Dedicated to the women who RIDE THEIR OWN motorcycles  


by Jennifer N.

Lo and behold, when the weekend came my husband said, “lets ride.” Man, I had dreaded hearing those words. At that point I had just about decided to become a “yard-rider”. But nothing would do him but to get this poor scared young woman out on the “big road”.

We leathered up, gloved up and saddled up to take off. I had already told my husband that I didn’t want to go where I would encounter a lot of traffic, a lot of stop lights or a lot of unusual occurrences. After all this WAS my first ride. My husband agreed that it would be best to keep me on a quiet country road for a little while until I gained my confidence and grew more comfortable riding.

Ok…I can handle this. Off we start. I soon mastered going through the gears and then coming back down them and starting up again. Every little side road my husband would stop and ask me if I was ok. We was riding on a road that led us to the neighboring county by the back way…it was a road I was very unfamiliar with. Once we reached the other county I asked him to turn back toward home instead of going on. So we started back.

My husband was in the lead during the entire ride to give me advance notice of any road problems or situations I needed to be aware of. We were coming through a curvy section of highway when all of a sudden as I came around a curve I saw my husband come to a dead stop. Well that was great for him but the last time I stopped that fast was when I was in the MSF class and the instructor stepped out in front of me! Oh no, all the things I had to remember to do. I have to apply front and rear brakes, gear down quickly and straighten up the bike then come to a complete stop! And why exactly did I have to do all this so abruptly? Because what my hubby had seen ahead was an accident. An SUV was going too fast through a curve and rolled the vehicle several times. Everyone was ok but what an experience on my first ride on the highway. We stopped, was waved on and then I had to calm myself down. This bike riding sure requires a lot of quick decisions in a short amount of time.

Oh well…once again I said to myself, “I CAN do this”. Off we went just cruising down this country road when all of a sudden coming around a curve I see my hubby slamming on his brakes again. Once more I have to apply the front and rear brakes, gear down quickly and straighten up the bike then come to a complete stop. Man, this is getting old! What could possibly be happening now on this quiet country road? Can you believe it we have encountered a traffic check. Of all the things to run across on a back road.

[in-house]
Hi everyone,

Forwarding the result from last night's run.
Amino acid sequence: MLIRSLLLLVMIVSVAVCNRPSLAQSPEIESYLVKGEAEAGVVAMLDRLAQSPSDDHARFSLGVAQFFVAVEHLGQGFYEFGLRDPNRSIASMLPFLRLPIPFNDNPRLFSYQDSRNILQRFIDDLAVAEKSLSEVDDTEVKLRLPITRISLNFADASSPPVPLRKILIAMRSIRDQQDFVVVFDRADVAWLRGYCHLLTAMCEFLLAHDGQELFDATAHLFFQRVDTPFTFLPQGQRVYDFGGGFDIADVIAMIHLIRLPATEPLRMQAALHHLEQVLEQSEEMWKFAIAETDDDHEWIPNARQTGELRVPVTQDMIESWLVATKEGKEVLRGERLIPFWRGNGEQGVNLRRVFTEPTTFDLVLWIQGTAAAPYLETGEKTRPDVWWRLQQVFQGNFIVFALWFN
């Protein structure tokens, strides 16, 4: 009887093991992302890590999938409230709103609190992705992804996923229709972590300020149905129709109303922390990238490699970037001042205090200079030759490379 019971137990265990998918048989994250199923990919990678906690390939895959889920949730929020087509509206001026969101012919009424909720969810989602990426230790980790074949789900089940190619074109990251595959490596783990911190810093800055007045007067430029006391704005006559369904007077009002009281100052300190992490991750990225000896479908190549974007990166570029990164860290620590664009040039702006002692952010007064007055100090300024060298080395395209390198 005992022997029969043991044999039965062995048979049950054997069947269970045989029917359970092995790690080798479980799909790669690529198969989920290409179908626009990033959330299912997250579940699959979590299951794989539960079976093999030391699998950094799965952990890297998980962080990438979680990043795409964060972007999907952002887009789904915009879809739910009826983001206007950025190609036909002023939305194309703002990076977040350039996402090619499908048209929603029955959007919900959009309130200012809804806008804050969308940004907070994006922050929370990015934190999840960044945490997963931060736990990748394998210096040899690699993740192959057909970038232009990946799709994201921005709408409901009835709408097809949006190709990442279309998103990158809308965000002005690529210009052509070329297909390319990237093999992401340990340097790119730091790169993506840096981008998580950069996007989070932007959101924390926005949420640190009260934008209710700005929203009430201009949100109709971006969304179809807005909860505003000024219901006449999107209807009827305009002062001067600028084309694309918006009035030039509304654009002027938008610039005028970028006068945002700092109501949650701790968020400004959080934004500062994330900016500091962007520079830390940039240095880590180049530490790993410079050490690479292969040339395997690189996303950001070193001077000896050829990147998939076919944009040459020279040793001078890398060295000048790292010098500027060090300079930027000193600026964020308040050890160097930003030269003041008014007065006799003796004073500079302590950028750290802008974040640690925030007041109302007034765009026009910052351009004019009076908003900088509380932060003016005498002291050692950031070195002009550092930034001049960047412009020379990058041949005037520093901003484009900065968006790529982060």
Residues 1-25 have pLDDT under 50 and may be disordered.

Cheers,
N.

Now no one in the MSF class explained what a motorcyclist is supposed to do at a traffic check. I mean most of us carry our license and registration either in our back pockets or in our fork bags. Please remember this is my first ride and I’m still telling myself each gear to change and when to use the brakes. Asking me to figure out how to keep the bike running while I searched for a piece of paper in traffic was a little much!

Luckily for me the patrolman said, “Is it easy to get to your license”? Well of course not – I’m a newbie! So he told us to pull over into a church parking lot and he would be right with us. After he examined my license he realized who HE had encountered because he remarked, “Oh you just got your endorsement this week.” Then he said, “heading home”? I laughed and told him that we were only out for a short ride on a quiet country road and yes we would be heading home!

A quiet country road…not so for this new rider! I have soon discovered that when you are on the back of a steel horse not to assume any road will be uneventful. And the newer you are to riding the more likely you are to encounter some strange and unexpected events. After all how else will be overcome to be able say, I am now an “experienced” rider.

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From Jennifer: "I just moved up from a Honda Rebel 250 to a Vstar 1100 Classic. I am a member of the Rumble Sisters and the International Star Riders Association. I've been riding since July of 2003, completed the MSF class in Sept. 2003, received my motorcycle endorsement the same month and have been riding as much as possible ever since."

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